How Bad Weather Can be Good for the Fashion Supply Chain

Even with all the technological advances in Meteorology, predicting weather will never be an exact science. Bad weather (super storms, tornados, earthquakes, etc…) can cause damage to factories or resources that halts clothing production, while unseasonably hot or cold weather can alter the demand for a product. Therefore, preparation is always the best defense when strategizing about how to manage a fashion supply chain.



Planning for consumer behavior based on weather can be tricky. And whether a retailers’ supply chain is international or domestic, seasonal weather should always be factored when planning for the upcoming fiscal year. According to Paul Walsh, global director of consumer weather strategy at IBM, “retailers need to start thinking about the weather up to a year in advance by analyzing how product categories react to weather conditions.”

A recent IBM survey of retail executives concluded that 99 out of 100 said they factor weather into their planning, but only a quarter do so months in advance. Most retailers only consider weather weeks before their inventory hits stores, which is not only a mistake but a missed opportunity to maximize profits.

In 2018, the UK had one of the hottest summers on record, but this past summer had historically milder temperatures. According to Plantalytics, the lack of long term planning for the following retail year resulted in the “demand for skirts and sandals were down 10% and 5% respectively this May compared to the year-ago period. It also estimates that a milder June caused swimwear demand to drop by over a fifth.”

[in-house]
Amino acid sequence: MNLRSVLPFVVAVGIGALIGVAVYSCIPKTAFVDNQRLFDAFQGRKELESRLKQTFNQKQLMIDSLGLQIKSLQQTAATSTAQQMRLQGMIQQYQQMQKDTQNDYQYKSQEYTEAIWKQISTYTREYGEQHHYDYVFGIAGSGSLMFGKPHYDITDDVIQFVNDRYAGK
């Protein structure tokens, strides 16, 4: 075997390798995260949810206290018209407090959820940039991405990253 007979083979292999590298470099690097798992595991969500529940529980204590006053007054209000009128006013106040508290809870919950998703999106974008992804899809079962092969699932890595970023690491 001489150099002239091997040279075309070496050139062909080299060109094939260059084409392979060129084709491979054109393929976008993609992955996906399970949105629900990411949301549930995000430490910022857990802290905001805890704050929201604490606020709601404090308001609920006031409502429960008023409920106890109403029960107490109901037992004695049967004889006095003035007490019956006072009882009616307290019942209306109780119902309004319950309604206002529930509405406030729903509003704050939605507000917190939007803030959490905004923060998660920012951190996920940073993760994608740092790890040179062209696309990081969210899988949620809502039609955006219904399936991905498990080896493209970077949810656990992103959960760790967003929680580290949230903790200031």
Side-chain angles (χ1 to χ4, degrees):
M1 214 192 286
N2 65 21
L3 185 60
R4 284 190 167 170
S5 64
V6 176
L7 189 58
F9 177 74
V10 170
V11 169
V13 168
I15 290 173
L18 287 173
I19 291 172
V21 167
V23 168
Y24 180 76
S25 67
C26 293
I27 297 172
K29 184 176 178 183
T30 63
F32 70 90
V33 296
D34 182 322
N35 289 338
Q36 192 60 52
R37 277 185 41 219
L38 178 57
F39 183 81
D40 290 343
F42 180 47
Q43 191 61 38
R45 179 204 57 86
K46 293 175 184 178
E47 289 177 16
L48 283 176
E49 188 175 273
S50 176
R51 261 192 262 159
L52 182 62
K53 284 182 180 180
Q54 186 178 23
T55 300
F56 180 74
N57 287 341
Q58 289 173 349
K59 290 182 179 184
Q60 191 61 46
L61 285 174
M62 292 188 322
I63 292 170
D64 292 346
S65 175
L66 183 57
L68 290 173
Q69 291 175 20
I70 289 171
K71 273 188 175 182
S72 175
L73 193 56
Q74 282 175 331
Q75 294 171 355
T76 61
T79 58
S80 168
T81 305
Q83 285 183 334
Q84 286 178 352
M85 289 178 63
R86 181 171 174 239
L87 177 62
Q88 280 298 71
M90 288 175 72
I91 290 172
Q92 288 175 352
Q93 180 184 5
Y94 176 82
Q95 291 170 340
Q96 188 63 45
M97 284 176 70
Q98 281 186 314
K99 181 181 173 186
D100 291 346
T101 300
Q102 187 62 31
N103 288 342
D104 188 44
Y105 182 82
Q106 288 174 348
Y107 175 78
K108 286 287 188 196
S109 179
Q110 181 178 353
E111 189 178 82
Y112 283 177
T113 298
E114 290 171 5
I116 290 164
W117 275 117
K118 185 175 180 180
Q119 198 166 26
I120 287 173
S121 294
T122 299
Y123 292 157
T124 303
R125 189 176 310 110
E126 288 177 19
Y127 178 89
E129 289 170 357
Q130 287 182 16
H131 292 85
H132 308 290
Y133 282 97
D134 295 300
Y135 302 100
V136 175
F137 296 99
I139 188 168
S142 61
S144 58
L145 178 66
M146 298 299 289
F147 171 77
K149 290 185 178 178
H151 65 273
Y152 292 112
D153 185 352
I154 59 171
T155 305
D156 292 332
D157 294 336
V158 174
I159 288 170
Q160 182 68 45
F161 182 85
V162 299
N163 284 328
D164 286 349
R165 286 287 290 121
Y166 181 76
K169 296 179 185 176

Though Walsh says retailers should start thinking about the weather up to a year in advance, basing sales expectations on the previous year is a common mistake brands make. It is essential to take a longer look back at historical weather data when planning supply chain decisions like production. Walsh breaks down the formula brands need to use in order to be the most effective and data-driven in their planning processes. Walsh explains, “weather over a long stretch regresses to the mean, working out an average temperature based on multiple years is more effective. The demand for winter coats is unlikely to be the same from one year to the next, but it is likely to be similar across five years.”



There is a right way and a wrong way to use weather data to manage any supply chain. But whether it’s the wrong way or the right way, it won’t matter if your supply chain isn’t fully digitized. Businesses that haven’t digitized their supply chain can’t react effectively to changes in weather –or any other signal for that matter. Digitizing a supply chain can seem overwhelming but with the right partnerships, it can be painless!

While most businesses do have systems and strategies for tracking potential disruptions and preemptively addressing them, the fashion supply chain remains vulnerable. Because most fashion supply chain processes are so archaic, collecting data analytics is challenging. Fortunately, Suuchi, Inc’s proprietary, cloud-based software, the Suuchi GRID, is the ultimate solution for collecting data analytics in the fashion supply chain.

Among its many features and functions, the elite software tracks products from design to delivery with real-time updates, end-to-end transparency, and supply chain traceability. The Suuchi GRIDS functionality to track products –coupled with the Suuchi Inc fashion industry network, is what makes it the ultimate tool to help brands collect the data they need to make informed decisions from historical data that becomes predictive analytics.

The Suuchi GRID is a simple software that solves complicated problems. And its easy integration into any system makes it the best solution for any retailer or brand to help forecast more than the weather, but their production needs.


Written by Alexis Washington

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